Comments should be addressed to:

Country of Origin Labeling Program
Room 2607-S
Agricultural Marketing Service, USDA
Stop 024
1400 Independence Ave. SW
Washington, DC 20250-0254

(Received via the Slow Food DC listserv, a highly informative source of food news!)

~Laurie O’Neill

Slow Food In The News

September 16, 2008

North Carolina is making Slow News as well as Slow Food shine in the media this month.

Featured in the October issue of Bon Appetit magazine, the Durham-Chapel Hill area has been recognized as America’s Foodiest Small Town. The article begins with Alice and Stuart White of Bluebird Meadows, a sustainable farm in Hurdle Mills, NC. It travels down a short, but familiar road to focus on other local farmers, favorite restaurants, and the reality of widespread sustainability.

It makes this self-proclaimed foodie excited and happy to see our state in the limelight. Is it possible to “make a way for ducklings” and make the other triangular shaped region of the state excited and fired up about sustainable food and its practices?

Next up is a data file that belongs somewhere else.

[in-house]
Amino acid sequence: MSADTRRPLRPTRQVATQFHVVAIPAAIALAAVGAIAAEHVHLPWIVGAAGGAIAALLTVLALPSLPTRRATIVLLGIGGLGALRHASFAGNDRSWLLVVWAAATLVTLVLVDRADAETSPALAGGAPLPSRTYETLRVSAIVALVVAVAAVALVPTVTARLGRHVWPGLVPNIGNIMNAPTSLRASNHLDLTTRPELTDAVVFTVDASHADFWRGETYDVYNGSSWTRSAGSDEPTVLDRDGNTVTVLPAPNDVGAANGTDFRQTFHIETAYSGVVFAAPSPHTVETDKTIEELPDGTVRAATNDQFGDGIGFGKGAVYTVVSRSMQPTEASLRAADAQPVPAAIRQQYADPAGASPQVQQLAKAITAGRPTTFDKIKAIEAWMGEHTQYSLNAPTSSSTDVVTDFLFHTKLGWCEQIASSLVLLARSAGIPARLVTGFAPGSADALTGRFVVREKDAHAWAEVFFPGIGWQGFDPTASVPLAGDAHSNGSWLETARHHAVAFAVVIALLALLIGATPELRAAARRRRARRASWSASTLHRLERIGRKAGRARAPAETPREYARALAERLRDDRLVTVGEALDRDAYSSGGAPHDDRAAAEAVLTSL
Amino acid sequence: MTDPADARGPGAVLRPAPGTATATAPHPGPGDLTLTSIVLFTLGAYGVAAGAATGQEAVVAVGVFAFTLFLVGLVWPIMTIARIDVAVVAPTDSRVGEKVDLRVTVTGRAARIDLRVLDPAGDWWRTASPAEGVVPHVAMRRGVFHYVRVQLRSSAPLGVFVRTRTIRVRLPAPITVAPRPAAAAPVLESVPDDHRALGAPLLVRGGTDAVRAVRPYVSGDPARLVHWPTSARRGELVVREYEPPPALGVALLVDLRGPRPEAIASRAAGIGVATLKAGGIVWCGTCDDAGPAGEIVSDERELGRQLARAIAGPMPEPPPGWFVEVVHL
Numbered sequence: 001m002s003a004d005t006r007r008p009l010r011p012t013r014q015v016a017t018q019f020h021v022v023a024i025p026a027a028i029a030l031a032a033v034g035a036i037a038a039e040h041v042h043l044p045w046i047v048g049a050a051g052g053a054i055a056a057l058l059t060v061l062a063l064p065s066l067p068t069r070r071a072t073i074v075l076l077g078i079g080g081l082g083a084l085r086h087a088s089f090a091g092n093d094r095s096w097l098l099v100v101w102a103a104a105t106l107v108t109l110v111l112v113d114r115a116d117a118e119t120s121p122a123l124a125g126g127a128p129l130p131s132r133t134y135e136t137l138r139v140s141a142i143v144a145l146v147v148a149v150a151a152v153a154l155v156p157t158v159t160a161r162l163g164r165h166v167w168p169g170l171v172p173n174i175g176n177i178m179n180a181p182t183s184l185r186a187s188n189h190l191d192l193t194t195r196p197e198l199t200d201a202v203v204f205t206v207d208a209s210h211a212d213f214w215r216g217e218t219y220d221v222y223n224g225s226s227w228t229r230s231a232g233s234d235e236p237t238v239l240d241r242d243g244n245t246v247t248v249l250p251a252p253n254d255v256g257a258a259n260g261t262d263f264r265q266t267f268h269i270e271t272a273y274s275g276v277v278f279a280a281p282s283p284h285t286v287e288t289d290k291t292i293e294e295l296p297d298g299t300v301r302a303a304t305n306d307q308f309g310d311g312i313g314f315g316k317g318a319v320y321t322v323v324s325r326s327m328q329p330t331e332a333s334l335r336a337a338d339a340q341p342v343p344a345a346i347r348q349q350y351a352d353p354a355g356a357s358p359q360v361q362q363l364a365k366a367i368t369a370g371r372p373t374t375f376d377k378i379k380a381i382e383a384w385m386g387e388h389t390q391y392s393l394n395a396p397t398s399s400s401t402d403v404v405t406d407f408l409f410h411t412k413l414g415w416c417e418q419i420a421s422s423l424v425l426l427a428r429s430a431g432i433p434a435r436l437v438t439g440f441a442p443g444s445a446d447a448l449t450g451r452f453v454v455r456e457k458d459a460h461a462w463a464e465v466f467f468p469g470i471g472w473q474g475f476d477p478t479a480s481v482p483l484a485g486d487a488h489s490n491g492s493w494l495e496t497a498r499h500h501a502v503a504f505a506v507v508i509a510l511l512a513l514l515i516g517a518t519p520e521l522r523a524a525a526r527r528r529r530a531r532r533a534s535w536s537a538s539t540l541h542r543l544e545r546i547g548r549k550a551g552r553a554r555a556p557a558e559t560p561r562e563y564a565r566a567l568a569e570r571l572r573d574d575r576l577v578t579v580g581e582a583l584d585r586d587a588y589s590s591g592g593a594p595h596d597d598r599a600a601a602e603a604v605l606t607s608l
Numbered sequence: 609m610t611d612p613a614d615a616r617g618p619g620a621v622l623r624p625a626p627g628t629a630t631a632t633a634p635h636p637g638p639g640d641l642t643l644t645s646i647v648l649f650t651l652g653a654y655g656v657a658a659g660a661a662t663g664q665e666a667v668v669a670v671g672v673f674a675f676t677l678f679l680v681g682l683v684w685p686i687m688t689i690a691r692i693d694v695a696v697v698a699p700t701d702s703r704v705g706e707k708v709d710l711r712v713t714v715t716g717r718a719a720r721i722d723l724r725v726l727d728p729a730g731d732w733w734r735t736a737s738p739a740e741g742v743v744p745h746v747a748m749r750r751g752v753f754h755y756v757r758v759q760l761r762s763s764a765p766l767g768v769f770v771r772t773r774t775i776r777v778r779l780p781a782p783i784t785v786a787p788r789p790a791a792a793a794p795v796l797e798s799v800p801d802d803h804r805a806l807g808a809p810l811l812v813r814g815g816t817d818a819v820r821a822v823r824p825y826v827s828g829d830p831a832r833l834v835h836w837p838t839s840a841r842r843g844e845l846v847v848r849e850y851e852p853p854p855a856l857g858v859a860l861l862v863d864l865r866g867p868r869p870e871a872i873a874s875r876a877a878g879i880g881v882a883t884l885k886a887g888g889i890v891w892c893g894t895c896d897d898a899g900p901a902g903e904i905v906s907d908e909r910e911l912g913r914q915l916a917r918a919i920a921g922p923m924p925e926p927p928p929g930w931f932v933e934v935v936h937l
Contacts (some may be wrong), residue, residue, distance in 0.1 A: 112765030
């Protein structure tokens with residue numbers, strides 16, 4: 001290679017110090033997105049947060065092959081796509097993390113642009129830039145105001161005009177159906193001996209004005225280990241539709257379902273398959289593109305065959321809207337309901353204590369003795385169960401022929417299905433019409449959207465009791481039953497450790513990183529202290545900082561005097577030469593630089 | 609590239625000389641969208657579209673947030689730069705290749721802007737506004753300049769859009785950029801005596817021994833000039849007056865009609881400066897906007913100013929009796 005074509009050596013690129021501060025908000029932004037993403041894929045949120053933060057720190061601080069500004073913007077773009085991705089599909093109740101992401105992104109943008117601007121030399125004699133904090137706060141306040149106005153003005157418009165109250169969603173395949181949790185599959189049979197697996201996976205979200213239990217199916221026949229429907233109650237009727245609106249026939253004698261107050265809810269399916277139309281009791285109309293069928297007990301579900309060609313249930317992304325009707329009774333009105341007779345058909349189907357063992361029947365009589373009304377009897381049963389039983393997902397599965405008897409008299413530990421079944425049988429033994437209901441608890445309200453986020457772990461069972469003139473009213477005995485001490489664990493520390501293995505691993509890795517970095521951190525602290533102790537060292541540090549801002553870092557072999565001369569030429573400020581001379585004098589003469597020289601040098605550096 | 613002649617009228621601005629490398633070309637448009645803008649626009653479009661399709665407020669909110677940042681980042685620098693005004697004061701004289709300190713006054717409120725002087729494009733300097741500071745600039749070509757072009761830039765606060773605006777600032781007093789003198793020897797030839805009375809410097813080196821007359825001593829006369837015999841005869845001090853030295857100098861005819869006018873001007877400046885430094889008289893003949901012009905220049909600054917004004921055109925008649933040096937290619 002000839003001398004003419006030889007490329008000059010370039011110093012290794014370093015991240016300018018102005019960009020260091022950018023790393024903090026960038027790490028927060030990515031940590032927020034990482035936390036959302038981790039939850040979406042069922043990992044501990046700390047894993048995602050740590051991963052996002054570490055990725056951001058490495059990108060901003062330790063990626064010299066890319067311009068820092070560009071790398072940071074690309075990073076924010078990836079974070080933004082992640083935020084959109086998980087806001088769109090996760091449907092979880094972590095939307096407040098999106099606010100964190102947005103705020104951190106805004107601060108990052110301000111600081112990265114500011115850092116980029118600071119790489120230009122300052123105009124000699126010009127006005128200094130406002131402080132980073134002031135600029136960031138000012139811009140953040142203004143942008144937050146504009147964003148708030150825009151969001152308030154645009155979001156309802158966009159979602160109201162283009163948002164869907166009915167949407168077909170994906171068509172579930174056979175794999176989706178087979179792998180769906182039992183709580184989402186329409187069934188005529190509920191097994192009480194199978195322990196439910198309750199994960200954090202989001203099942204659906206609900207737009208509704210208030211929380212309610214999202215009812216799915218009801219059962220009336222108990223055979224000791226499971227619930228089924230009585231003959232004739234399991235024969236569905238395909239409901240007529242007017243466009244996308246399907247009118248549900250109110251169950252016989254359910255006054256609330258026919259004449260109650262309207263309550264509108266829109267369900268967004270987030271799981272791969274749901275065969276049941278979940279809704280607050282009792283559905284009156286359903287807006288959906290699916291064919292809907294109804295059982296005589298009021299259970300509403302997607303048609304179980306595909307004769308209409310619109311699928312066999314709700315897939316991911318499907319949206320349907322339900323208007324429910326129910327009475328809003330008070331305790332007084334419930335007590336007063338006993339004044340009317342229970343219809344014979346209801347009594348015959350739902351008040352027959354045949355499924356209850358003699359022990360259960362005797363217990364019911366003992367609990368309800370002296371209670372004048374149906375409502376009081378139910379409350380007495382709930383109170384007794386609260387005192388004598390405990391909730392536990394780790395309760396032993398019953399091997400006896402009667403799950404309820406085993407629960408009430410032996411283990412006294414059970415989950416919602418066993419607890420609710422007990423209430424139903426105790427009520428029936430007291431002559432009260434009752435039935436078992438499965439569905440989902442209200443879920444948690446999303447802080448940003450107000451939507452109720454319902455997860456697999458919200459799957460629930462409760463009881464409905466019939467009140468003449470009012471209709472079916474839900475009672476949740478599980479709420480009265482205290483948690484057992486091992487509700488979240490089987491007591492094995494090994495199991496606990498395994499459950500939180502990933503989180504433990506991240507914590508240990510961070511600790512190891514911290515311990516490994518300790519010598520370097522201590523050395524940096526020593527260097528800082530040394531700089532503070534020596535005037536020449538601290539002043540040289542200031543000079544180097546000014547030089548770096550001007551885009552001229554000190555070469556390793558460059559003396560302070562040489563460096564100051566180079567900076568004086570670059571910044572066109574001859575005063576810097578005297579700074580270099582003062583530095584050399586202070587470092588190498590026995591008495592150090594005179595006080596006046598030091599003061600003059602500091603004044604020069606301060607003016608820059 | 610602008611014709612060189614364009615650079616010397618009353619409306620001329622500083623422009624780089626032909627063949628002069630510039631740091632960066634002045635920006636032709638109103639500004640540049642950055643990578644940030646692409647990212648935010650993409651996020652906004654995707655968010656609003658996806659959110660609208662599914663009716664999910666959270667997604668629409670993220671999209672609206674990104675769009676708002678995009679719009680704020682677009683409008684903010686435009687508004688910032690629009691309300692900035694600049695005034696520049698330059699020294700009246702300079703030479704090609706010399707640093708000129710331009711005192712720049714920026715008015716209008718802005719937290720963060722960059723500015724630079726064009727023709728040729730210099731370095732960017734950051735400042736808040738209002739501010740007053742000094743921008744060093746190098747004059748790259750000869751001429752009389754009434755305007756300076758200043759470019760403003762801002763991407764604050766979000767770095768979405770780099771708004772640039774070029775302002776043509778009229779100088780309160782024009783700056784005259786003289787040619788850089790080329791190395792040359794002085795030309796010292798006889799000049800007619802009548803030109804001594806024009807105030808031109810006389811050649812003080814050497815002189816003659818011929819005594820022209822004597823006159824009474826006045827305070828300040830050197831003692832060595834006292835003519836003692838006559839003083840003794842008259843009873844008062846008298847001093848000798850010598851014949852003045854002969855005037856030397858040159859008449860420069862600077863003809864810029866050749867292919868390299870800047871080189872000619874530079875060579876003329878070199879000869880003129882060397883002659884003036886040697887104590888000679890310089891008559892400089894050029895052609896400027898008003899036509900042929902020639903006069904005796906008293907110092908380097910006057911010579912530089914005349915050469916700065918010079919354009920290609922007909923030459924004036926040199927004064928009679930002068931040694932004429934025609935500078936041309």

Our neighbors to the west and eastern coastal region have caught the eye of Slow Food USA. Two articles about guest workers in the Asheville area and shrimp from our coast are important enough to turn an eye to this way.

Are we on our best behavior? Do we have refreshments available for our criticizers guests? As we invite the world to view our efforts to promote good clean, fair food, what are we doing in the Piedmont?

Slow Food really means Go Food, in my mind. It means go out and be active to see what you’re eating and how it gets to your table. It means being knowledgeable.

What are you doing at home, work, or school to this effect? Let us know. We want to hear from you, too.

~Nicolette Miller-Ka